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Where Do Repo Cars Go

Where Do Repo Cars Go?

Repo cars go through the following process after being seized by the lender:

Lender’s PossessionThe lender secures the vehicle following repossession.
StorageThe vehicle is kept either at the lender’s facility or a contracted lot.
AuctionUsually, repossessed vehicles are auctioned off to settle the remaining loan amount.
DealershipsSome vehicles may be directly sold to used car dealerships.
Private SaleOccasionally, the lender might sell the vehicle through a private sale, but this is rare.
Where Do Repo Cars Go

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The Repossession Process

When a borrower defaults on their car loan payments, the lender has the legal right to repossess the vehicle. This is where they hire a third-party repossession company to locate and seize the car.

Once the vehicle is repossessed, the lender takes possession and stores it at their facility or a contracted storage lot, which could also be the lot of the tow company that took the car.

Where Repo Cars Go

At this point, the lender then has several options for disposing of the repossessed car:

Public Auctions

Public auctions are the most common method for selling repossessed vehicles. Lenders list the cars at auction houses, where they are sold to the highest bidder. These auctions are open to the public, including the original borrower, who can attempt to buy back their repossessed car.

Private Auctions

Some lenders opt for private auctions, which are typically attended by used car dealers and wholesalers. These auctions are not open to the general public.

Dealership Sales

Lenders may also sell repossessed cars directly to used car dealerships. Dealerships often purchase these vehicles at a discounted price and resell them to consumers.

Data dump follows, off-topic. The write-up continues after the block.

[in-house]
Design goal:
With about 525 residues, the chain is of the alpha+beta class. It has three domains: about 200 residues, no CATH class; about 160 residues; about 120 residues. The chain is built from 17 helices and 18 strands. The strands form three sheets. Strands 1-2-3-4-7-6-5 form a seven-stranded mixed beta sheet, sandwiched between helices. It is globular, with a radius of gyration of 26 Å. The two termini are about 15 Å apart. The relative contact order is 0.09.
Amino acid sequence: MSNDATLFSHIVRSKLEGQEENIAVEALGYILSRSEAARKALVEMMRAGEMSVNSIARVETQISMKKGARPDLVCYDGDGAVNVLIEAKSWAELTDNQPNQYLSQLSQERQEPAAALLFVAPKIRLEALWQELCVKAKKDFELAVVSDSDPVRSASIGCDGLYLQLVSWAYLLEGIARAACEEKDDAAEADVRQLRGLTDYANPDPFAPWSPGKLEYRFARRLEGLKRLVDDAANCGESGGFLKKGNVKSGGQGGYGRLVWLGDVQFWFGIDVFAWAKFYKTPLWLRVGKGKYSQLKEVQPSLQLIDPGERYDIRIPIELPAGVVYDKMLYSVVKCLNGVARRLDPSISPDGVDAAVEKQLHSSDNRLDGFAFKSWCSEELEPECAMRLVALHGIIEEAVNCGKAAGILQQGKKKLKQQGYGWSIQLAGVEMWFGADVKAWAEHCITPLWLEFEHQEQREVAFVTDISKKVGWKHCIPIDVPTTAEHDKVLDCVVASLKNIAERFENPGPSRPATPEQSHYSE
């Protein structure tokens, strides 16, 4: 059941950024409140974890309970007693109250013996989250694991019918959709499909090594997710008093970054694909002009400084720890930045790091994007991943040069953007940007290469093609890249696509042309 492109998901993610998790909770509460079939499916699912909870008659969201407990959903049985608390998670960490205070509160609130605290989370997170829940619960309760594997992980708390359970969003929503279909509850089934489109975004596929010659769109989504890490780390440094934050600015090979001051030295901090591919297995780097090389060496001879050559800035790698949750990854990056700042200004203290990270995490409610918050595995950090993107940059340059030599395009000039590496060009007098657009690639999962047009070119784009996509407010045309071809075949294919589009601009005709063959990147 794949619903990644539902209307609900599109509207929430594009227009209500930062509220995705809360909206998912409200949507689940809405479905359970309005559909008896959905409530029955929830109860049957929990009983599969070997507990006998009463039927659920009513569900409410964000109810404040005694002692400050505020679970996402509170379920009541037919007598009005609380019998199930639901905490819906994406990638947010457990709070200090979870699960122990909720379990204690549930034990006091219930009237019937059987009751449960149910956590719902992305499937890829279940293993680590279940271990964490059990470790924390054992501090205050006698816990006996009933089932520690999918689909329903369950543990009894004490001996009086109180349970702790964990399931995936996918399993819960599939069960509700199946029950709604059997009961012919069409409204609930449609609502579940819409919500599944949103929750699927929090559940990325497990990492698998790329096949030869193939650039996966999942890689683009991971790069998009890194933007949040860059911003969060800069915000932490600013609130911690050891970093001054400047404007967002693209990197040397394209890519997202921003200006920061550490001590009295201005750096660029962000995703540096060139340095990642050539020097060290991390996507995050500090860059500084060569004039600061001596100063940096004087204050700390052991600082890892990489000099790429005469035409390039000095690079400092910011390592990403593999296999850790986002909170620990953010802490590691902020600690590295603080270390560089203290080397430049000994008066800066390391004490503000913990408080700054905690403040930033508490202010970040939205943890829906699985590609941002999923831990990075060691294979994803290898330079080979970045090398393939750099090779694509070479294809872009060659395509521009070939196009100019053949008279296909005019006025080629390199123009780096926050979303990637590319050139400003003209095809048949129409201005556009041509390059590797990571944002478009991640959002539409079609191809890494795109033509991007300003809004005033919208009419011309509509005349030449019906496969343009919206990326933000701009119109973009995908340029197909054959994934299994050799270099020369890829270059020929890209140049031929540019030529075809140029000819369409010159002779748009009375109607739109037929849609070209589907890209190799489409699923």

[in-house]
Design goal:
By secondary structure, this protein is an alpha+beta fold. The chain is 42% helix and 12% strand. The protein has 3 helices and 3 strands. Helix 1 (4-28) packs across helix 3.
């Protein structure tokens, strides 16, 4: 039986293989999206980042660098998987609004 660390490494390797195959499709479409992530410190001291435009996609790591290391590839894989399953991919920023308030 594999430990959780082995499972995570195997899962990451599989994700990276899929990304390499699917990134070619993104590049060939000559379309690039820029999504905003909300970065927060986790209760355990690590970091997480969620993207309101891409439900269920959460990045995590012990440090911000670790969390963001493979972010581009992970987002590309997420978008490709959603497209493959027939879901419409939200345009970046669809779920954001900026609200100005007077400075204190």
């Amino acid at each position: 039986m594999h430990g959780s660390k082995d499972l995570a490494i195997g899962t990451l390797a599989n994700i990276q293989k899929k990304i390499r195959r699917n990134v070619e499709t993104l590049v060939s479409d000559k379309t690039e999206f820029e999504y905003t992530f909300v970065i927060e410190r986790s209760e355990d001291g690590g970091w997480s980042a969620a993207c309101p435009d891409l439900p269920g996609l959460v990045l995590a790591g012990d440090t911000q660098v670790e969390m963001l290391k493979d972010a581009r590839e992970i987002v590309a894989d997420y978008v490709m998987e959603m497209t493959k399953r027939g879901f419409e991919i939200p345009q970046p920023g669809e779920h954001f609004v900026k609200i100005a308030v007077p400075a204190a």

Private Sales

In rare cases, lenders may attempt to sell repossessed vehicles through private sales, such as online classifieds or direct negotiations with interested buyers.

The Deficiency Balance

After the repossessed car is sold, the lender applies the sale proceeds to the outstanding loan balance. If the sale price does not cover the entire loan balance, the borrower is responsible for paying the remaining amount, known as the deficiency balance.

Lenders may pursue legal action to collect the deficiency balance, including wage garnishment or placing a lien on the borrower’s other assets.

Car Repossessed With Your Personal Belongings

If personal belongings were left in the repossessed vehicle, the borrower has a limited time to retrieve them.

The specific timeframe varies by state, but it’s usually 30 days from the date of repossession.

Borrowers should contact the lender or repossession company promptly to arrange for the retrieval of their personal items.

My Conclusion

After a car is repossessed the lenders priority is to try and recoup any lost money, both from the loan and from the cost of getting the car back.

To do this, the car almost always heads to auction, but sometimes the lender does pursue other avenues of selling the car such as direct to dealer sales or even private buyers.


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Picture of Steve Momot - Author

Steve Momot - Author

Steve, a seasoned expert in the automotive industry, formerly held a car dealer license in Florida. With extensive experience spanning across car trading and mechanical work, he founded Autohitch. His mission? To guide both buyers and sellers through the intricate maze of car purchasing, ensuring a seamless and informed experience. Outside of the automotive world, Steve has a passion for fishing and capturing the beauty of nature through photography.


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